Can a Georgia Homeowners Association Suspend Voting Rights and Facility Privileges of Delinquent Owners?
Yes. Under the Georgia Property Owners’ Association Act (GPOAA), the association is authorized to penalize noncompliant owners by imposing fines, suspending voting rights, and restricting access to common facilities and services – but only to the extent those penalties are authorized by the declaration. O.C.G.A. §44-3-223. Importantly, though, an association cannot restrict an owner’s access to his or her own property. Id.
In voluntary non-GPOAA associations, the HOA can limit access to common facilities for owners who elect not to join the association and pay dues. However, even owners who opt out must obey all covenants and have a right to enforce covenants. You may visit the Georgia HOA Laws Guide to find applicable statutes.
The obligation for members of an HOA to pay the fees assessed by the HOA primarily comes as a contractual obligation which is created by the Covenants, Conditions, and Restrictions (CC&Rs), as well as the Bylaws and Operating Rules of the HOA. The obligation to pay such fees runs with the land/property/condo and as such, the contractual obligation continues on until an HOA property is transferred to the next owner. This article is designed to give members of HOAs basic information concerning HOA Fees and many of the issues that come along with them.
Homeowners’ associations typically are formed to manage any property in the community that is owned communally, as opposed to individually, such as a playground or building hallways. Whether an HOA is made up of a condominium building, townhouses, or single-family homes, the responsibilities generally include the same type of tasks – maintain landscaping, employ property managers, maintain shared private roads or driveways, arrange trash removal, operate a swimming pool, and the like. This article will help you better understand the ins and outs of HOA fees.
A district judge in Florida described community associations as “a little democratic sub-society of necessity.” And, as with federal, state, and local governments, for the “little sub-society” to function, it needs revenue. Association revenue comes in the form of HOA fees paid by homeowners – the functional equivalent of property taxes paid to a local government. An association’s authority to collect HOA fees (or “assessments”) arises from two places:state law and the HOA’s declaration.The declaration is a document recorded in the county land records that serves as the association’s constitution. It grants certain powers to the HOA and imbues homeowners with certain rights and obligations, one of which is the duty to pay assessments.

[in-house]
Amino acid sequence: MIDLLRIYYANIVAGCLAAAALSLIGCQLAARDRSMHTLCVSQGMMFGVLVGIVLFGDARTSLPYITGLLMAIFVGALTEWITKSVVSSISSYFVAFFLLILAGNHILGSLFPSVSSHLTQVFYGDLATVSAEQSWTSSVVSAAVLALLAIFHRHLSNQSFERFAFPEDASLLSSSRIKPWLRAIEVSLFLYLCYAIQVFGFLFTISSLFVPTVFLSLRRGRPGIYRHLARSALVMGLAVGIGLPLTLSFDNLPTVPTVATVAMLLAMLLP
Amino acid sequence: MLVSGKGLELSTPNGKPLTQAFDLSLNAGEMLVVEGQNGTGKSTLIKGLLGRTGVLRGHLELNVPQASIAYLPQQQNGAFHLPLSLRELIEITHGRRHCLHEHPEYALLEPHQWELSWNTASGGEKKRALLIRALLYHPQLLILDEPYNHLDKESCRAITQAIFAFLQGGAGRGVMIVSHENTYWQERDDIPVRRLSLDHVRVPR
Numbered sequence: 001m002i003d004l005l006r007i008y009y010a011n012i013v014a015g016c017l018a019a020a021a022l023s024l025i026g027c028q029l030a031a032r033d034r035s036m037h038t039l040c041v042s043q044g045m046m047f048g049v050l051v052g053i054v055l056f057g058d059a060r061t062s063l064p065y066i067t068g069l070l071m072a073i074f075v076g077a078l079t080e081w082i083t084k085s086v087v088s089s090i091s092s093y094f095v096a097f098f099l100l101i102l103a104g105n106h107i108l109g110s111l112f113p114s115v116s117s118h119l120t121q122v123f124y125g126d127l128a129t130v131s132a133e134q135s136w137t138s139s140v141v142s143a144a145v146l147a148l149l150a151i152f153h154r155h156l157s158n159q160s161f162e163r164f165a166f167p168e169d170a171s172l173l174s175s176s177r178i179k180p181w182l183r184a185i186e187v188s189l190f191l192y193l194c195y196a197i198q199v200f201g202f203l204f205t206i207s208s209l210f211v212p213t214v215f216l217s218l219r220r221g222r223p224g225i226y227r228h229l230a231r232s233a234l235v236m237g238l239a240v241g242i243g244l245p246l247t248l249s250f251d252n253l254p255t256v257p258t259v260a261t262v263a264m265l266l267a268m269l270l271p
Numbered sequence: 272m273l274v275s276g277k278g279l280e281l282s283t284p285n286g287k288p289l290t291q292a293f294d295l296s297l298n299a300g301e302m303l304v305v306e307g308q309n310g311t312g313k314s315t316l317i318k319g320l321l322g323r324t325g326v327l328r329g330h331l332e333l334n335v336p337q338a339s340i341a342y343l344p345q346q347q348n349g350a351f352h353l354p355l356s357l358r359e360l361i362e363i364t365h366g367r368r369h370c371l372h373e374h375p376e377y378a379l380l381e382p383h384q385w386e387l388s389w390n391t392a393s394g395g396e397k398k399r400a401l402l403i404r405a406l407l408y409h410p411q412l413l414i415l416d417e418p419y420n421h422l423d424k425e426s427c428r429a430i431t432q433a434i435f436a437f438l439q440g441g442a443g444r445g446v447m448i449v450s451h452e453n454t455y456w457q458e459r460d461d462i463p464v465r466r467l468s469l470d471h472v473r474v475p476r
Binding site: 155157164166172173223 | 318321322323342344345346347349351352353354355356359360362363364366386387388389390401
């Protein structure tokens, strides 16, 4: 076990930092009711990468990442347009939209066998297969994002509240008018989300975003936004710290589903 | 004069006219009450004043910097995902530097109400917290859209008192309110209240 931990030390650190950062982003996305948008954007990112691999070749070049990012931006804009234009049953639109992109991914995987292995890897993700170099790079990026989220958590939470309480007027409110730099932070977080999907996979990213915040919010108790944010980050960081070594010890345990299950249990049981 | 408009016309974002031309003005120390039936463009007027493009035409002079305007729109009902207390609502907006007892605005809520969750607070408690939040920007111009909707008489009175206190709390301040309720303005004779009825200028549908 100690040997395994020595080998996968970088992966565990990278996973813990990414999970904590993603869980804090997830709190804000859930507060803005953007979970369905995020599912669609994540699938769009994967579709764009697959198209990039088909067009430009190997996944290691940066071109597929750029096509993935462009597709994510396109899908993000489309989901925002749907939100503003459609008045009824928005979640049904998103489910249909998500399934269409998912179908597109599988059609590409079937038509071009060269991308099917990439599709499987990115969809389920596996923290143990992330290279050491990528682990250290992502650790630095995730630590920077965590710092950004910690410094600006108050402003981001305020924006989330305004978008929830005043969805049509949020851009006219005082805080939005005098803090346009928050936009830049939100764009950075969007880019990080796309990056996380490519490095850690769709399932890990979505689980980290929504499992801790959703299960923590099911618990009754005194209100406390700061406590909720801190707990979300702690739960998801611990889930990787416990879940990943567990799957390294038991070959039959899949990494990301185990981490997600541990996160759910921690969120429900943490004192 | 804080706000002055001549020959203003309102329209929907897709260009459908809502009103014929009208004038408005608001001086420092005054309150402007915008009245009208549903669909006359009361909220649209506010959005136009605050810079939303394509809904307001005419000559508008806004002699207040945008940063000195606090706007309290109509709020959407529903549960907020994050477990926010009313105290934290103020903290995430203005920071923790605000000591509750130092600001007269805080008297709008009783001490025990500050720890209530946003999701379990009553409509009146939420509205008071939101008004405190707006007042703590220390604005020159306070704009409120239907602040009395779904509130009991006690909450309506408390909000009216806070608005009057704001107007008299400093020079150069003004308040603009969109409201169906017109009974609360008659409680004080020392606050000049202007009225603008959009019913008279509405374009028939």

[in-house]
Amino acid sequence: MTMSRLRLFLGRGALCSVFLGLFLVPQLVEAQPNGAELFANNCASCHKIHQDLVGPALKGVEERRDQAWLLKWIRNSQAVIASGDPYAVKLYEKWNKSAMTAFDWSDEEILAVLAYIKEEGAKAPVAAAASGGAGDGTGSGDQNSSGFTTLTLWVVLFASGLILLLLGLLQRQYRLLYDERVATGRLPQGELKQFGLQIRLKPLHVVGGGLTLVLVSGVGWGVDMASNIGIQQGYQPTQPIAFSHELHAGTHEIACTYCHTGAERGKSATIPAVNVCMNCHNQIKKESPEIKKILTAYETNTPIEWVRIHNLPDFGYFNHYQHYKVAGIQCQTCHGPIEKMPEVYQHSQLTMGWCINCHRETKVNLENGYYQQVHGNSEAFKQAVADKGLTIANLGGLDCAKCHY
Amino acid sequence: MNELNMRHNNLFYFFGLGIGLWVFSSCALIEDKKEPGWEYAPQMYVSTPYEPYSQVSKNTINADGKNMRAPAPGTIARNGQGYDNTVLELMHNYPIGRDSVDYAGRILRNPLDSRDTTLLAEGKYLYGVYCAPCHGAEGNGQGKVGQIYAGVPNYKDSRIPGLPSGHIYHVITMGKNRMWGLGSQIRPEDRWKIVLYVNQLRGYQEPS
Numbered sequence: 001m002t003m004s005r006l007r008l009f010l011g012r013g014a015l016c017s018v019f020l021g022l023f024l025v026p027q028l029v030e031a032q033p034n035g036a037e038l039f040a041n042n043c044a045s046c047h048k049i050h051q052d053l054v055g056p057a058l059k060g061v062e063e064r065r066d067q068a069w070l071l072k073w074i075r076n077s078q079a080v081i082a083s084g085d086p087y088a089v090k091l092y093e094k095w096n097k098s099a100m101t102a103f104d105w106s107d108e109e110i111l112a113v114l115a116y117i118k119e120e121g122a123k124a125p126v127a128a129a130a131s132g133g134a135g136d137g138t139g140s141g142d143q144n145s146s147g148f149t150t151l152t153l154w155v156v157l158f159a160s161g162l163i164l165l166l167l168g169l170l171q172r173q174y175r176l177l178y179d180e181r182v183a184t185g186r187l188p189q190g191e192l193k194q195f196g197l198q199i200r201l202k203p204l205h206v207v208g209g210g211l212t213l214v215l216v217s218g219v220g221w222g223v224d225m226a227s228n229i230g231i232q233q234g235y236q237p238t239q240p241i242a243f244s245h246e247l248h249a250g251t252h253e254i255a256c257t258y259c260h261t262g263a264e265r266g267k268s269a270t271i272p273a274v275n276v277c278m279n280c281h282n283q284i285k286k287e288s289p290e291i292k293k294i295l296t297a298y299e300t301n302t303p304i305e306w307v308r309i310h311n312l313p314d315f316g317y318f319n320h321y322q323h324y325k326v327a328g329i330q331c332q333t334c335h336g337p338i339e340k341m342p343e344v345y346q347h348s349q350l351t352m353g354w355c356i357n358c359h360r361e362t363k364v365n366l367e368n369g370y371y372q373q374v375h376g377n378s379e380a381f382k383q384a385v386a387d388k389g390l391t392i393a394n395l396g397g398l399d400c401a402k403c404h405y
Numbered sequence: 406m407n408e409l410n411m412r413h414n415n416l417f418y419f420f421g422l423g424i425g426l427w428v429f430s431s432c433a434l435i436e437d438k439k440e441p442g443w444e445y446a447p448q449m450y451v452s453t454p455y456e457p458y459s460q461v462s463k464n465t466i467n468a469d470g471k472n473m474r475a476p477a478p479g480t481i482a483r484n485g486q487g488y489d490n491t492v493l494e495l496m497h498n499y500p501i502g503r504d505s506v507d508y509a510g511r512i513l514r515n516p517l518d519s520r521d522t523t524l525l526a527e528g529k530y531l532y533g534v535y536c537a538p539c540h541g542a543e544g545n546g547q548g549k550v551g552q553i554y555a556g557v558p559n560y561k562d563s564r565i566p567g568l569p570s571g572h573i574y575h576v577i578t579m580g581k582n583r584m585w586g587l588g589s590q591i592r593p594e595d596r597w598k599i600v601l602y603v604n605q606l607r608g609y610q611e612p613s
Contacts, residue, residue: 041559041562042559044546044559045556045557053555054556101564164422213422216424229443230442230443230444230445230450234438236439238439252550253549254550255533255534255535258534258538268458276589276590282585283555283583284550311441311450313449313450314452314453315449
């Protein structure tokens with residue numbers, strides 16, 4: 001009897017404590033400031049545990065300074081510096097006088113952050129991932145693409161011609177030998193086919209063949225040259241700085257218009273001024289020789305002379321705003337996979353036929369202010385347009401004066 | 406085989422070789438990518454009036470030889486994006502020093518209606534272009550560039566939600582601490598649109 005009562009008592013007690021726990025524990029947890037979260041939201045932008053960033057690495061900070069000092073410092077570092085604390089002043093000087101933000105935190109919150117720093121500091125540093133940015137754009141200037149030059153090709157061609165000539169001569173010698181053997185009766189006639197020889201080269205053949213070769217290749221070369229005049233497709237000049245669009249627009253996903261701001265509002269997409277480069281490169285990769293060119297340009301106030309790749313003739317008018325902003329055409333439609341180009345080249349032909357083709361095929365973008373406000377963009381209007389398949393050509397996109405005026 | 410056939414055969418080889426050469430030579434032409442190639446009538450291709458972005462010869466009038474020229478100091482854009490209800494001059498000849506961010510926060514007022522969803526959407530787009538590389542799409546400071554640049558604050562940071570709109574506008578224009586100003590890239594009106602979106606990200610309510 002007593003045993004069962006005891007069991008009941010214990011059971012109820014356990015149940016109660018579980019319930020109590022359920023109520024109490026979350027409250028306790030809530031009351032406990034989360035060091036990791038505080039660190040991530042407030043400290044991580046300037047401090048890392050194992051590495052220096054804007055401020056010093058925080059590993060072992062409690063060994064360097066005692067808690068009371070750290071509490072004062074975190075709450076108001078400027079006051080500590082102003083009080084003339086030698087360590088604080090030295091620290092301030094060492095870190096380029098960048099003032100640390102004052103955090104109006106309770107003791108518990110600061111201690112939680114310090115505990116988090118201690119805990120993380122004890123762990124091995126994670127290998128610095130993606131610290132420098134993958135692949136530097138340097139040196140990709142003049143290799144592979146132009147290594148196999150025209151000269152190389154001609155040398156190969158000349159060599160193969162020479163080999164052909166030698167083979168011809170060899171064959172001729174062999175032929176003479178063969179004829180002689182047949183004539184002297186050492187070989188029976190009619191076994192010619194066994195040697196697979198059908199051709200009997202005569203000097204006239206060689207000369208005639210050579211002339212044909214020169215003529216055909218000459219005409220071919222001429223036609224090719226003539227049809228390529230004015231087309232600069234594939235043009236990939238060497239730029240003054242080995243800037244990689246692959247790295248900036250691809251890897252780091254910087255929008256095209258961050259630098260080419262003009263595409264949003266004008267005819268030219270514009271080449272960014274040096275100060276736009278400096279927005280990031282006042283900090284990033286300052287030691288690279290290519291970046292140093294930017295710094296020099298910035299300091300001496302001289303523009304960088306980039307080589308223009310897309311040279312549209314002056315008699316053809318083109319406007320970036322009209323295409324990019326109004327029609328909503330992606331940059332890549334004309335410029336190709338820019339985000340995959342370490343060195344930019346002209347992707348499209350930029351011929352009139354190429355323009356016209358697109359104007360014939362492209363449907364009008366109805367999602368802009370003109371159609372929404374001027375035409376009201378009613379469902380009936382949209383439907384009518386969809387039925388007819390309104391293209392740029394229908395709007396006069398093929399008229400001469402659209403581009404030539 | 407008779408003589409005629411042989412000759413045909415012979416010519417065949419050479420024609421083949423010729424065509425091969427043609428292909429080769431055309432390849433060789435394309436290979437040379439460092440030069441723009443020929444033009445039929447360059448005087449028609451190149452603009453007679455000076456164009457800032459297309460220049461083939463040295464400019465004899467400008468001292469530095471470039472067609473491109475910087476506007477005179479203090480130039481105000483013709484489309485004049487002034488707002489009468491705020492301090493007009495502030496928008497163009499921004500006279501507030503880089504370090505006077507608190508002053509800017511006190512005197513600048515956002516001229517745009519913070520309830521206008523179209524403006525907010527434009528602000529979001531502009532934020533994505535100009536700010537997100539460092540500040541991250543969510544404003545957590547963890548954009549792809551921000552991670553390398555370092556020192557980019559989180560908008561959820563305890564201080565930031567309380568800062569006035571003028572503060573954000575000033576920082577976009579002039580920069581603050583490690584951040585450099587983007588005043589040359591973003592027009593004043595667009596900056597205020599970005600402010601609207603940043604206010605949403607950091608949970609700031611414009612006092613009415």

The right to record liens, and to foreclose on unpaid liens, is perhaps the most powerful tool homeowners’ associations have to enforce assessment obligations. State HOA laws are designed to allow associations to recover unpaid fees without undue effort and expense while protecting homeowners from overly aggressive associations by requiring strict compliance with statutory procedures and ample notice to homeowners.
In 1977, Congress passed the federal Fair Debt Collection Practices Act (the “FDCPA” or “Act”) to prevent abusive, deceptive, and unfair debt collection practices by debt collectors. The act prohibits debt collectors from harassing consumers or using deceptive conduct when attempting to collect a debt. Homeowners or condominium maintenance assessments are subject to the FDCPA, therefore, the association’s debt collectors must follow the law when attempting to collect past due fees from homeowners.
The association, under its documents and local laws, has the authority to charge annual, special, and capital assessments against all owners in the community to pay for the maintenance expenses and improvements to the common areas. The common areas consist of parks, pools, gyms, sidewalks, and any other area in the community, except those portions which lie within the boundaries of the owner's property.